Raise or Fold:  Learning (From) Poker

Writing and playing poker as if they were activities worth doing well.

Wednesday, November 4, 2009

Real Motivation

Run, don't walk to read this post by Listening. A sample:
Hey — I like respect, too! We all like to have self-respect. We enjoy the respect of others. But if these things are the primary objective, instead of the natural result of your poker efforts — you've started a step behind and you'll never catch up. There is nothing for anyone to achieve to be worthwhile: you have value because you exist. And your value exists irrespective of anyone else's opinion of you. If you don't know this, you lack self-respect. If you lack this, you cannot respect your opponents. When you show this in play, you simply demonstrate your own weaknesses to your tablemates and make yourself exploitable.
Who knew you could learn this playing Razz! (I kid. Poker is poker.)

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Friday, April 10, 2009

Poker Laughs (3)

I just assume that everyone reads Dr. Pauly. But for those of us who play Razz (and what masochistic poker player does not?), or who have ever written a haiku (and who among us has not?), today was a special day. Check it out.

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Saturday, February 21, 2009

Some Solace

I managed to cash in an online Razz tournament this evening. (Thank god for Razz.) And I won a satellite seat which I promptly traded in for the tournament dollars. And then I won a single table sit'n'go, largely because (mirabile dictu) my Aces didn't get cracked.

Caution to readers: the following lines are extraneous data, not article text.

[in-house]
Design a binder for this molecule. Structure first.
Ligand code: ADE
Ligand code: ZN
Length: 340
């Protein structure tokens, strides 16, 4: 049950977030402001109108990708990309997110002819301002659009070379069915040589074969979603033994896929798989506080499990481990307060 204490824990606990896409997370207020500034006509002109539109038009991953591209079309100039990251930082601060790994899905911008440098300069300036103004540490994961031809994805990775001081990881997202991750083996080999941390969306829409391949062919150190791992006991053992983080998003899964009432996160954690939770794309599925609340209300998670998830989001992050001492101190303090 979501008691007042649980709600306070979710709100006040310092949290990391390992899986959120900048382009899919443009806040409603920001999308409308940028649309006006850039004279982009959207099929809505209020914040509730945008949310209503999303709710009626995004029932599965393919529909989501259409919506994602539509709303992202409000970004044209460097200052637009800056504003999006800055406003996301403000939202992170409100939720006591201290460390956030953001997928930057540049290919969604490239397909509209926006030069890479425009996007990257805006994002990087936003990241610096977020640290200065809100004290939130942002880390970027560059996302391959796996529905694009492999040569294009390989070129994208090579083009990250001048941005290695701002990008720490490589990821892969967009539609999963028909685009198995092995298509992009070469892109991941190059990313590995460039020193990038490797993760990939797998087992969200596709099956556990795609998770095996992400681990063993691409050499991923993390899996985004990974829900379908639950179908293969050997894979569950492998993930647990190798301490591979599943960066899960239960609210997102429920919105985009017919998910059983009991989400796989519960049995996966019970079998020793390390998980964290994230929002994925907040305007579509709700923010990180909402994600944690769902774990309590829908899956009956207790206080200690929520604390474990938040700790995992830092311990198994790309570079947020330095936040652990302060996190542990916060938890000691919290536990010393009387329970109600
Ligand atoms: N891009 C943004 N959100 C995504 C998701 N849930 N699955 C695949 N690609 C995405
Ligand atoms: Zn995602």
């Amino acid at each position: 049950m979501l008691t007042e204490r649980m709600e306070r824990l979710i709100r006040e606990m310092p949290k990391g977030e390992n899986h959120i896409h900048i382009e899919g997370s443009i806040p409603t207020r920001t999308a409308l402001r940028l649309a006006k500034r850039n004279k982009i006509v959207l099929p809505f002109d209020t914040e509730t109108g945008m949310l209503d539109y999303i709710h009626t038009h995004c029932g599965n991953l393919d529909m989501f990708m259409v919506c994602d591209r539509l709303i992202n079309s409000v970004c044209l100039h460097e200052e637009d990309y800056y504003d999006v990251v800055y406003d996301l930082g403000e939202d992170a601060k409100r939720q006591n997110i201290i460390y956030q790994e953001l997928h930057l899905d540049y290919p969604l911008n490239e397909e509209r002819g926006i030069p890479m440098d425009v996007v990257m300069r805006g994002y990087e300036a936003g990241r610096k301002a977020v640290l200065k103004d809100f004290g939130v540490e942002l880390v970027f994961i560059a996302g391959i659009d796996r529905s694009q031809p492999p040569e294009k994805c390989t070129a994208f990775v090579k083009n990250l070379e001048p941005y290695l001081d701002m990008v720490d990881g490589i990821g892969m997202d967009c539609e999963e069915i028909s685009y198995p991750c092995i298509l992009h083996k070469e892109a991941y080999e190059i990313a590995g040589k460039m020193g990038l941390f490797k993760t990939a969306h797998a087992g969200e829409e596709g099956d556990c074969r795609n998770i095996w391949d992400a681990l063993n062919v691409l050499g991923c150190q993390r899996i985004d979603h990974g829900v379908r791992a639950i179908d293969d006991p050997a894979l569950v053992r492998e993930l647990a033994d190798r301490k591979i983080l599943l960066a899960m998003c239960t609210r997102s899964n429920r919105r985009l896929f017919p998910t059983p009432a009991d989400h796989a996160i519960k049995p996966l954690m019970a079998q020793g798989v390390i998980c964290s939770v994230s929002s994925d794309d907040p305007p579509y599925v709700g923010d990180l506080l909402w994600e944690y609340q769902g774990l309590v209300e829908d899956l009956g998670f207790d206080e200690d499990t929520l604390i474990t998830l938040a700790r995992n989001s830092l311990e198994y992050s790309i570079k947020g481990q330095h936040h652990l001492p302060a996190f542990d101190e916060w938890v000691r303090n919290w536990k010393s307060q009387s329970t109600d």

Other than that, the astounding suckoutage continues in both cash and tournaments. My favorite being my bustout from the 100K earlier tonight when my AK went down in flames to A2, as my opponent flopped the wheel. Spectacular!

Just when you think you've seen every possible way to lose when massively ahead, the poker gods come up with new and creative ways to mess with your mind.

I think I'm going to revert to playing nothing online but sit'n'gos and Razz tournaments for a good long while now. I'm feeling pretty punchy from my recent results in cash games and hold'em MTTs, and I might as well concentrate on my roots until my confidence returns.

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Tuesday, October 21, 2008

Let the Third Month Begin

Razz Victory Lobby

And let it begin with another Glorious Razz Victory!

This was a hard-won battle. I had already come back from dead last place, with only 120 chips, to get to second place, and I was damned if I was going to down without a serious fight. My opponent was an insane card-rack, and arrived at the final table with 75% of the chips in play. We ended up going at it heads-up for probably half an hour. I started the heads-up portion of the program out-chipped about 5 to 1, and just hung in there with what can only be described as grim determination.

I can't really account for why Razz seems to be my game, but I am SO going to play the Razz tournament at the WSOP next summer!

Current combined live and online bankroll: 109%*

*Note that bankroll numbers include the deduction of expenses, so that is net growth in bankroll. And if we were looking at returns in terms of amount of bankroll actually put at risk at any one time so far, the return would look more like 200%.

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Monday, September 29, 2008

Day 42: Razz is the Nazz